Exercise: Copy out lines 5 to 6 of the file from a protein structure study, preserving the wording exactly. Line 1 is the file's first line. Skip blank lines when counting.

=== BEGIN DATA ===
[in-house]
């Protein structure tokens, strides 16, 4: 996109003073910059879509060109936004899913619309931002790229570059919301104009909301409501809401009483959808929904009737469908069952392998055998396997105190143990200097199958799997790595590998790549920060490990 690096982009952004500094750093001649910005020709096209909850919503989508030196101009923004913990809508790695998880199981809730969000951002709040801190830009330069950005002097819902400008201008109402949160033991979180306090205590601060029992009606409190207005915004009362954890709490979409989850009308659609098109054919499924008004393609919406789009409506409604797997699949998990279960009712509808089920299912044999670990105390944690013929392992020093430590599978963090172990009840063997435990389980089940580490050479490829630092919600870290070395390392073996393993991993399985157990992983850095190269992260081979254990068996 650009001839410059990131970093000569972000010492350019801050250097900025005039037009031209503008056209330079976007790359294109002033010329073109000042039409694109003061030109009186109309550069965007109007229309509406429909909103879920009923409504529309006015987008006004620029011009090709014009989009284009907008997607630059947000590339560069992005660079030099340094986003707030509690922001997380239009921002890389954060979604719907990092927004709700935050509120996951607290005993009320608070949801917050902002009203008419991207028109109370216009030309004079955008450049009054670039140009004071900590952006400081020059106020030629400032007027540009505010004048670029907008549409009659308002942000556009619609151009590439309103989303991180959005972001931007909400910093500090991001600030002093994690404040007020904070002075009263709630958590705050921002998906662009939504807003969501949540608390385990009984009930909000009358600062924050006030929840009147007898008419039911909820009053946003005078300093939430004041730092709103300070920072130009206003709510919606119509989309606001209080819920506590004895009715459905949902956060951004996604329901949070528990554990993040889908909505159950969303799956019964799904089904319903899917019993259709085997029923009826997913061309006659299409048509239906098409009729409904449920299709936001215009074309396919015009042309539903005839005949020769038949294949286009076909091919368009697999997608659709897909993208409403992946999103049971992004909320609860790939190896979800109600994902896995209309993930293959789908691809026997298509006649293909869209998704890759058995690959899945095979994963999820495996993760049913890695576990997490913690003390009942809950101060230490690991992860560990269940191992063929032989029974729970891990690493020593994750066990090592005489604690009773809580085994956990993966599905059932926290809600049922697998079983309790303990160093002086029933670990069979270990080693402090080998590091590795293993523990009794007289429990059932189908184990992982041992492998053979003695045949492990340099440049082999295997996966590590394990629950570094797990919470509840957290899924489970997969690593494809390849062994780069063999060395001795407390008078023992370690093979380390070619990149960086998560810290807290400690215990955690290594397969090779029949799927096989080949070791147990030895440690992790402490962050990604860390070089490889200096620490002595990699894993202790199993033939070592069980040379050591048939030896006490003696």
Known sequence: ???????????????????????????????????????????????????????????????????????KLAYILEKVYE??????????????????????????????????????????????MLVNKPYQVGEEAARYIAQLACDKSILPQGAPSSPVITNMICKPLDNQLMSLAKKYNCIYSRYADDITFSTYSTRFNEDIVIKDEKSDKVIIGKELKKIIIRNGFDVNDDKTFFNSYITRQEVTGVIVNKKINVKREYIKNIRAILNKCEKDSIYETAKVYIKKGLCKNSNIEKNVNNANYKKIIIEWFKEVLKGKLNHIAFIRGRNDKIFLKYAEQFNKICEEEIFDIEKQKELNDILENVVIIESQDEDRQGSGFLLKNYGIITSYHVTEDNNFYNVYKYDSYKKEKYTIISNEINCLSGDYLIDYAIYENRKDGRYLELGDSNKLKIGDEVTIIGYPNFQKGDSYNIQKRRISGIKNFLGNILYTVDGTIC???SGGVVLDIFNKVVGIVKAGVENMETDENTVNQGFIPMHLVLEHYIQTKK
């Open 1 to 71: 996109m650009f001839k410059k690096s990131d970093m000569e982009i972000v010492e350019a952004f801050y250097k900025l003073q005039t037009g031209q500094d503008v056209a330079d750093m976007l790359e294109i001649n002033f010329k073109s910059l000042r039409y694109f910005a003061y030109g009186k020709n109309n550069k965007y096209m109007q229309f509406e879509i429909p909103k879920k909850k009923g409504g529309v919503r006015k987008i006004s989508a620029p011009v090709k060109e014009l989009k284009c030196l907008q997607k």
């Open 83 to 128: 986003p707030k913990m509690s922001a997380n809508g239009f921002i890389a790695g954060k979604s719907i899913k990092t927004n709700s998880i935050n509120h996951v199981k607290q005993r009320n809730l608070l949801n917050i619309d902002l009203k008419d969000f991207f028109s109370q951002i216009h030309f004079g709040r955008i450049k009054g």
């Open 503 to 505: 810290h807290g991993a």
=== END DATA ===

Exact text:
């Open 83 to 128: 986003p707030k913990m509690s922001a997380n809508g239009f921002i890389a790695g954060k979604s719907i899913k990092t927004n709700s998880i935050n509120h996951v199981k607290q005993r009320n809730l608070l949801n917050i619309d902002l009203k008419d969000f991207f028109s109370q951002i216009h030309f004079g709040r955008i450049k009054g």
């Open 503 to 505: 810290h807290g991993a």